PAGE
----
I just read an article in Fast Company about the story behind bisphenaol A (BPA), and how the chemical industry manipulates the data to ensure its continued use. According to the article, BPA is found in almost everything from CD’s and DVD’s, to cell phones, eyeglasses and drinking bottles. It’s also used in infant-formula cans and clear plastic baby bottles. Numerous studies have shown that when heated, the chemical can latch onto to food and liquids.

BPA in the body acts as a synthetic form of estrogen, which can cause infertility or cancer. Most of the studies stating that BPA is safe come from industry sponsored research. But there are studies from consumer groups and institutional research that come to a different conclusion but the FDA relies heavily on the research provided by the industry. Additionally, there are organizations such as The Weinberg Group that specialize in defending companies that produce dangerous chemicals and the “PR problem” that comes with it. The defended the use of fen-phen and ephedra in such a way that it took ten years to finally pull the drugs from the market.

I believe everyone should read this article but it will not only educate you on the chemical but it really shines a light on how inadequate the FDA is in protecting us and how little corporations care about the safety of the American consumer.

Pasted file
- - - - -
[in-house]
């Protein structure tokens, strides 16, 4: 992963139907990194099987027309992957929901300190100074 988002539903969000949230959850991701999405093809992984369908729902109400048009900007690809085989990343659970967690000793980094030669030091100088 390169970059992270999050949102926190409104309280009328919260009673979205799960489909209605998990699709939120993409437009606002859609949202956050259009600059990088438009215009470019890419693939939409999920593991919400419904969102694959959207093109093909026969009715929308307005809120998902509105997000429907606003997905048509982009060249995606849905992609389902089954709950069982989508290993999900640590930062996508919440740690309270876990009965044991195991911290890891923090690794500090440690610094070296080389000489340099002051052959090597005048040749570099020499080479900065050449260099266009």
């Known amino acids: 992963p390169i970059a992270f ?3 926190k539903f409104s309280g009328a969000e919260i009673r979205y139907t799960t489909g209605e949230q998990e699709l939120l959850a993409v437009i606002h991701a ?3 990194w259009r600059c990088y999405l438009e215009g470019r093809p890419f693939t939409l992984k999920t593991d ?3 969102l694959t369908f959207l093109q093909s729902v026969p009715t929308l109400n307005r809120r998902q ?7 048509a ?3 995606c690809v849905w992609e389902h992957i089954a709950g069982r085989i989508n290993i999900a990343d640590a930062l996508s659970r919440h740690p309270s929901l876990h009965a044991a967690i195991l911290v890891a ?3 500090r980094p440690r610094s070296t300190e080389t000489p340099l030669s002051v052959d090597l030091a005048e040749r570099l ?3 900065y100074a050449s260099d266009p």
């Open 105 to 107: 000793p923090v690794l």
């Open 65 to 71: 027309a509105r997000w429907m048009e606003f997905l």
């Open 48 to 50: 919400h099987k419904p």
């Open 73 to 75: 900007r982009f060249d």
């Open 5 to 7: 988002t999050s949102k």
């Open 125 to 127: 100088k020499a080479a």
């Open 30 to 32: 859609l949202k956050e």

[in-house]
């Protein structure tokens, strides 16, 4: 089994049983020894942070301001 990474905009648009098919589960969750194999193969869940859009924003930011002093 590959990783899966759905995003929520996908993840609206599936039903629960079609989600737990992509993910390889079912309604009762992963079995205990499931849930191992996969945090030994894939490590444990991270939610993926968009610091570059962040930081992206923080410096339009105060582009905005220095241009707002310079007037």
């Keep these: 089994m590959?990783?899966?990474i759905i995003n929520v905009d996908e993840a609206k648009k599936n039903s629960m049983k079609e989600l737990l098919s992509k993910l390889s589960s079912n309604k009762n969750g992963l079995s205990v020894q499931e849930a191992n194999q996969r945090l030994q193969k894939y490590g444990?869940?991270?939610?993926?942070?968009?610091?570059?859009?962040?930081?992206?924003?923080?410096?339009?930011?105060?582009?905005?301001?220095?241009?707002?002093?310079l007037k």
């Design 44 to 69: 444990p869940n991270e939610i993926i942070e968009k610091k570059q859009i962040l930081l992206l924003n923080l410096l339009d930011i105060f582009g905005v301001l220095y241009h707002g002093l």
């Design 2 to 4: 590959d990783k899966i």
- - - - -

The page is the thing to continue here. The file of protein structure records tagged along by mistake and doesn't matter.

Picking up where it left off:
This is even more evident with the recent salmonella outbreak that we now know was caused by tainted peanut butter. Think about that for a moment. TAINTED PEANUT BUTTER. People are being killed by the Keebler Elf. And I do say killed because it has come to light that a company’s own test identified the contamination but instead of pulling the product, they shopped for a negative result. This shopping occurs time and time again and it is the public that pays the tab.

The response from the FDA and the Georgia Department of Agriculture is that they relied upon the test provided by the company. Should we not be concerned about this process? We relied upon the banks to regulate themselves and look where that got us. We have companies knowingly producing hazardous products but because of financial concerns, they place the public at risk. Now because of the criminal acts of a peanut butter manufacturer, eight people are dead and over 500 have been sickened by their product.

Where is the outrage? I realize that this is a complicated issue and not at all sexy. But seriously, the media spent a week discussing a “lipstick on a pig” comment by Barak Obama. Certainly our safety deserves more attention than that.

Until the FDA steps up to the plate and the chemical industry comes clean, the best thing to do is purchase glass baby bottle and you can go to Amazon.com BPA-Free product listing: Also, be very cautious of anything you read in the Regulatory Toxicology and Pharmacology journal as they are sponsored by the same people that tried to convince you that fen-phen was a safe product.